Latest Views

December

 

The Philippine economy continued to emit positive signals for Q4 and beyond. Underemployment rate plummeted to a record low of 13.3% by October, while National Government’s (NG) infrastructure & capital outlays and capital goods imports retained their elevated growth paths. In addition, headline inflation dropped to 6% in November from 6.7% a month ago, signaling deceleration to fall within Bangko Sentral ng Pilipinas’ (BSP) inflation target by H2-2019. Despite a minor slowdown in exports, the peso appreciated significantly in November as the US dollar faltered and inflation appeared contained. Both the bond and stock markets recovered during the month, as emerging market assets looked attractive.

November

 

Slower-than-expected Q3 GDP growth of 6.1% still meant the 3rd fastest in East & Southeast Asia. This came as a result of poor, typhoon-dampened agricultural output, and weaker consumer spending due to elevated inflation. Nonetheless, infrastructure and capital outlays and capital goods imports remained elevated and should drive faster growth in Q4 and beyond, with some support from improving exports. Bond markets returned to life in October and after the Monetary Board (MB) raise policy rates by 25 bps to 4.75%. PSEi showed the least decline in October in the region, and recovered above bear market threshold by mid-November.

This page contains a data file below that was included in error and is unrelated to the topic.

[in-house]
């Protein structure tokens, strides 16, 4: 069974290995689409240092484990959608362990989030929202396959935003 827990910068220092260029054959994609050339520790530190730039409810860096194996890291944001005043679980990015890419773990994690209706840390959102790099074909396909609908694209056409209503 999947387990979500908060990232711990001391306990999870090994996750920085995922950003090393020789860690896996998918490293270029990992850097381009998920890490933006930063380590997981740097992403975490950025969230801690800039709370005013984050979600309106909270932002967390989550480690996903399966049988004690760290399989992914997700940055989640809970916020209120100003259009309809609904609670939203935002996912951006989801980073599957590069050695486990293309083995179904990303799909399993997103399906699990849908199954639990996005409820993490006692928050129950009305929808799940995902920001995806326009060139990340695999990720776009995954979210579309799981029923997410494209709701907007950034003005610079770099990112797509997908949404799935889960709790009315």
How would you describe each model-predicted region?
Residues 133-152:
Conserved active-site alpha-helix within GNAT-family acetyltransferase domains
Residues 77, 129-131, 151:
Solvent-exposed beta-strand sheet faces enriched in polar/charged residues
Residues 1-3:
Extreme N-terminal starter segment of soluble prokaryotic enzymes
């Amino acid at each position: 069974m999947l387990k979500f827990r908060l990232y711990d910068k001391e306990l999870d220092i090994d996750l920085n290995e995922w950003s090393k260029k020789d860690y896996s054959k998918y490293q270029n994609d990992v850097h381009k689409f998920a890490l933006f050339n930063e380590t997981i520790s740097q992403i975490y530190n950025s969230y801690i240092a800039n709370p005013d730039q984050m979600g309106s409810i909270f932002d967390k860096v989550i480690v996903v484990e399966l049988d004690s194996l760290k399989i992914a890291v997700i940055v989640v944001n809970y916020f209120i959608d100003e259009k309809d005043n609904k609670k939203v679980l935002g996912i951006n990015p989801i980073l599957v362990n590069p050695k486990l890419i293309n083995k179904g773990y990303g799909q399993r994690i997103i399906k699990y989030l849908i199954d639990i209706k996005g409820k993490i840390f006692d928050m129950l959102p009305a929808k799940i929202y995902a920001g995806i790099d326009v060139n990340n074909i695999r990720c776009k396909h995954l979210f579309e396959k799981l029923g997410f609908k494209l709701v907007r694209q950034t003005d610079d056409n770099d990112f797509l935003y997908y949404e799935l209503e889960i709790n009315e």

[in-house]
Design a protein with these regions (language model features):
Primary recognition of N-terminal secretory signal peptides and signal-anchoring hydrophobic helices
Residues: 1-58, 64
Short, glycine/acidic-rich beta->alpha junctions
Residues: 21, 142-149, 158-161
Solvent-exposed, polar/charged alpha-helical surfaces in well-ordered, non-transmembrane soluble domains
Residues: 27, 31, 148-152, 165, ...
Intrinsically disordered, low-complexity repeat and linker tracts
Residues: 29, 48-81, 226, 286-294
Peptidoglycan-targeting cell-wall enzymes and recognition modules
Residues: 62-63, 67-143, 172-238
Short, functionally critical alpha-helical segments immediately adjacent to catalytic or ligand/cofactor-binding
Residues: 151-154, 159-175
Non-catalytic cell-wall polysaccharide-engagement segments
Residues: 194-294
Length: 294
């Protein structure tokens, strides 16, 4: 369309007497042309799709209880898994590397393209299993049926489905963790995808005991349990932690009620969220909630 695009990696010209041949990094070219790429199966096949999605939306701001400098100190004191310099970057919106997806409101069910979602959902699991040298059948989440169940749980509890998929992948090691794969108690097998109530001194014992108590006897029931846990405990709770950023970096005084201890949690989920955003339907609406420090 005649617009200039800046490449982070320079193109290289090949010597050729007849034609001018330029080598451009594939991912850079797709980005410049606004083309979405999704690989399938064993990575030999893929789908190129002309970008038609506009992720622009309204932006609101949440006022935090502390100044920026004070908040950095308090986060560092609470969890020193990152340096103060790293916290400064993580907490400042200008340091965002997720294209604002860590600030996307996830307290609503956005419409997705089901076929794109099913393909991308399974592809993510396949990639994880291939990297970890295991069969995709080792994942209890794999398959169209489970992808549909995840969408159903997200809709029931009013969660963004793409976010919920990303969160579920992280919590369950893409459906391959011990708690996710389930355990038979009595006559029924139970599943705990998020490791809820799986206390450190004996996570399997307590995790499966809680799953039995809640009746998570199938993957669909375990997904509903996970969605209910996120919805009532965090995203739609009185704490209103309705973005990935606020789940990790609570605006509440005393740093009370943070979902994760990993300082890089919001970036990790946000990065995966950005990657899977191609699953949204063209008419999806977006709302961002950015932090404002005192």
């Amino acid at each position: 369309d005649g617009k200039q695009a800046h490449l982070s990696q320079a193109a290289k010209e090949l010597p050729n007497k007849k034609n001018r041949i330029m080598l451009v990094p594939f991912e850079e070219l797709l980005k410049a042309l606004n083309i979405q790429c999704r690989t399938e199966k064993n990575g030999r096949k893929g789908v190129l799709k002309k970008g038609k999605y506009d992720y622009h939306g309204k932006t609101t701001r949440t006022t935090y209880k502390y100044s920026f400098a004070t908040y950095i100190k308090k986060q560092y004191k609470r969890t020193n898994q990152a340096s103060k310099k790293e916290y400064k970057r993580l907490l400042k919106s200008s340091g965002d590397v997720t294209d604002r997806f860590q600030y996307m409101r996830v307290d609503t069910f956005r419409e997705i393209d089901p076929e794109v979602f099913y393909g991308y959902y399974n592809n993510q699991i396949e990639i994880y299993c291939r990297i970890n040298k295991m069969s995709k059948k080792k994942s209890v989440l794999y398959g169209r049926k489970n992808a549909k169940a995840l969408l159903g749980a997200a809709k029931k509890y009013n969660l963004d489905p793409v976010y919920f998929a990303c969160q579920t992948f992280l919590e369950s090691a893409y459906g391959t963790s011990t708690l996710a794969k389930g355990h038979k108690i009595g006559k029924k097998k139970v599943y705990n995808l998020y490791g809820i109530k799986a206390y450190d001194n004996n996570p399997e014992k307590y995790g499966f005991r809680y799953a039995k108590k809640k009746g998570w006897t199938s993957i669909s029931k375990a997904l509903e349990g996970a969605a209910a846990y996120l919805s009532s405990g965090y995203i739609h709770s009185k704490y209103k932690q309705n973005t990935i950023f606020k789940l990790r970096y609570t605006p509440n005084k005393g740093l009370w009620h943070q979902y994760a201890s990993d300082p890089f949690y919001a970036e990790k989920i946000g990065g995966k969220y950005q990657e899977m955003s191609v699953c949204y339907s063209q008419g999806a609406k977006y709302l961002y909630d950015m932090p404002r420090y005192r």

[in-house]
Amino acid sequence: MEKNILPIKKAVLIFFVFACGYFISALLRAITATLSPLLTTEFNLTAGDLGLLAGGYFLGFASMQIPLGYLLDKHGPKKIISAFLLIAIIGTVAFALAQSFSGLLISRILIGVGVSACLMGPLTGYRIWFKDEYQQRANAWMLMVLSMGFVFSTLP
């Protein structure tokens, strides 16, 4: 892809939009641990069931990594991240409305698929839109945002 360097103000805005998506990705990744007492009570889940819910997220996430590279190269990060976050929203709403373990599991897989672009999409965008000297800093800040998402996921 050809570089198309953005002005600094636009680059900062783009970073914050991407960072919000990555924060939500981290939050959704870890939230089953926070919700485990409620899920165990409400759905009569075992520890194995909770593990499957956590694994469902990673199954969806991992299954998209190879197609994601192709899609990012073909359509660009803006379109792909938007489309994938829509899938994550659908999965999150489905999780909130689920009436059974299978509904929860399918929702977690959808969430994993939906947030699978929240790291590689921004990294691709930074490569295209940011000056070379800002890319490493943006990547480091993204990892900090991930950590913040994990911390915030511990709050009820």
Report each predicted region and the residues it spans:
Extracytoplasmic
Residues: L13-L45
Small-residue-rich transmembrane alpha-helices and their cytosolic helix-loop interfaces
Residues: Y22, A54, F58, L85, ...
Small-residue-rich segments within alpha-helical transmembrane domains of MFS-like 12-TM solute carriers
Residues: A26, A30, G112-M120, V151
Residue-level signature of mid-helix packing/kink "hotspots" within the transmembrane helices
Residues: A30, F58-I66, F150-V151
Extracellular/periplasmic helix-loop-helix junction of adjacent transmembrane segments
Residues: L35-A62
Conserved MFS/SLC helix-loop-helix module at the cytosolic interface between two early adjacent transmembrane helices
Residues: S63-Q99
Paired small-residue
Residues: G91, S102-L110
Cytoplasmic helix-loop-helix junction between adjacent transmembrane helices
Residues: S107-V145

October

 

The economy likely expanded faster in Q3 than the 6% posted for Q2, as red-hot investment spending and robust manufacturing sector stepped up on the accelerator. Capital goods imports soared by 39% in July, while National Government (NG) spending added fuel to growth with a 29% uptick, likely driven by infrastructure and capital outlays. Exports had its third consecutive month of growth, albeit still at a mild pace. Accelerating inflation in September to 6.7%, highest in the region, will put some brakes on consumer spending as it has done for the bond and stock markets.

 

 

 

 

 

 

 

 

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Tighter

Strategy report: Tighter

September 21, 2018

 

Corporates are seeing higher rates in the horizon and borrowing now through bonds, commercial papers and long-term deposits. It will be a tighter monetary system because inflation is not peaking anytime soon due to the typhoon devastation and thus the likelihood of BSP’s stronger inflation countermeasure; 50 to 75 basis point policy hike for the rest of the year.

Awaiting Policy Rate Hike

Awaiting Policy Rate Hike

September 14, 2018

 

We expect the PSEi to continue its downward bias as global trade tension re-emerged after Pres. Trump approved new tariffs worth $200bn of Chinese exports and threatened tariffs on $267bn more Chinese goods. On the domestic front, investors will await the Monetary Board (MB) meeting on Sept. 27 which is expected to raise policy rates by another 50 bps following BSP Gov. Espenilla’s pronouncement of another strong monetary action to support the peso which slumped to a 13-year low of P54.11/$ on Sept. 17 and ensure that inflation will return to BSP’s target of 2-4% by 2019.

Rate hikes ahead

Rate Hikes Ahead

September 14, 2018

 

Indications in the bid rates of the Bureau of the Treasury’s (BTr) auctions and in the secondary market show that the market is already pricing in a 50-bp hike next week. The latest 10-yr auction, which was fully-rejected, had an average bid rate of 7.64%, almost a full percentage point higher than the last done rate of 6.725%. Furthermore, BSP Governor Espenilla recent statement that the bank will take “strong monetary action” amid rising inflation and uncertainty over impact of recent Typhoon Mangkhut on local prices of goods.

 

 

 

 

 

 

 

 

 

 

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